The Travel Promotion Act of 2009 is currently stalled in the U.S. Senate.// © Photos.com
Earlier this month, passage of the Travel Promotion Act of 2009 appeared to have been delayed in the Senate, and the Roll Call, a Capitol Hill newspaper, reported it as having “died” due to party politics.
Last month, the Senate voted 90-3 to bring the act to the floor for debate when arguments over non-related amendments erupted. While Senate Republicans offered five bill amendments related to the Troubled Asset Relief program, they objected to an amendment proposed by Democrats that involved the Commodities Future Trading Commission.
Following this disagreement, a motion to end debate and bring the bill up for a vote failed and the measure was left undecided.
According to the Congressional Record, Senate Majority Leader and bill co-sponsor Harry Reid (D-Nev.) said what the Republicans had done amounted to “obstructionism” and that “this bill is probably finished for the year.”
The bill aims to establish a corporation for travel promotion that would promote the U.S. as a travel destination to foreign markets, as well as communicate information regarding U.S. security and travel entry procedures.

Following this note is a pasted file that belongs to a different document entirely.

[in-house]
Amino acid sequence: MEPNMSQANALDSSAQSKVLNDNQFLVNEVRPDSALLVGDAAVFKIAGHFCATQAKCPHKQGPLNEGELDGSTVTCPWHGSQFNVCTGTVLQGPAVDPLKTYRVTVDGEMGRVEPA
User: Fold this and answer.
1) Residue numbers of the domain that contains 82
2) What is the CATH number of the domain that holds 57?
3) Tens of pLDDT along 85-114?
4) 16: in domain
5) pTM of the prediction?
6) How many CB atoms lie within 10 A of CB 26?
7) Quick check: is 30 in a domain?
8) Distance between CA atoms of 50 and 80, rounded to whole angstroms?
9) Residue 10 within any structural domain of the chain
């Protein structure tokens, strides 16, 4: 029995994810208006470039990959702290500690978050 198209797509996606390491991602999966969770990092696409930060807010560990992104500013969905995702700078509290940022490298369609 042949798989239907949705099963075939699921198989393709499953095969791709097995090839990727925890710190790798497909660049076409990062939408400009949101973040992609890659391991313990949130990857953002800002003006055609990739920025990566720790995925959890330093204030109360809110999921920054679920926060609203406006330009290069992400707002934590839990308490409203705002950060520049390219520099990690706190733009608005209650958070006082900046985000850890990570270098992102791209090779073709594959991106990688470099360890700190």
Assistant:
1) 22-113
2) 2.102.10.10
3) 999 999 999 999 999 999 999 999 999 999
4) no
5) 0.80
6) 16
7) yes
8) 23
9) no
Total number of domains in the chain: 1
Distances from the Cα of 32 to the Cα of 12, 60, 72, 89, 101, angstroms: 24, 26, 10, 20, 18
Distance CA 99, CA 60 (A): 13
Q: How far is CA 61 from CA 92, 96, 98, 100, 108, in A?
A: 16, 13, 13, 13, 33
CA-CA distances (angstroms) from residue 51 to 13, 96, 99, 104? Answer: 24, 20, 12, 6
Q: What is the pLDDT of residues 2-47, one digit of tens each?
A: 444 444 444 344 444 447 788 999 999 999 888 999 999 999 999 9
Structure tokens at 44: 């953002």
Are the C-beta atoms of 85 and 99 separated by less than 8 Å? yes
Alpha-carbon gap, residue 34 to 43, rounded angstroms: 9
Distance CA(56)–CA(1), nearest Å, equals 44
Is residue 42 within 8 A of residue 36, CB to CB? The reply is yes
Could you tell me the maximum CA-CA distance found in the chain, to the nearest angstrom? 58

Supporters of the Travel Promotion Act of 2009, including the U.S. Travel Association, insisted that the bill is not dead and that it continues to be up for debate in the Senate.
“It is not unusual for legislation to temporarily stall in the U.S. Senate due to procedural hurdles as members seek compromises,” U.S. Travel Association president Roger Dow told Travel Weekly.
Fellow bill co-sponsor, Sen. Byron Dorgan, said, “This Congress cannot even agree on tourism, for God’s sake. … How dysfunctional can a legislative body become?”
U.S. Travel Association representatives remain optimistic about the health of the bill, however, because the failed vote had more to do with unrelated amendments as opposed to the actual bill itself. Bill supporters hope the Travel Promotion Act will be brought back to the floor by a single motion before Congress’ August recess.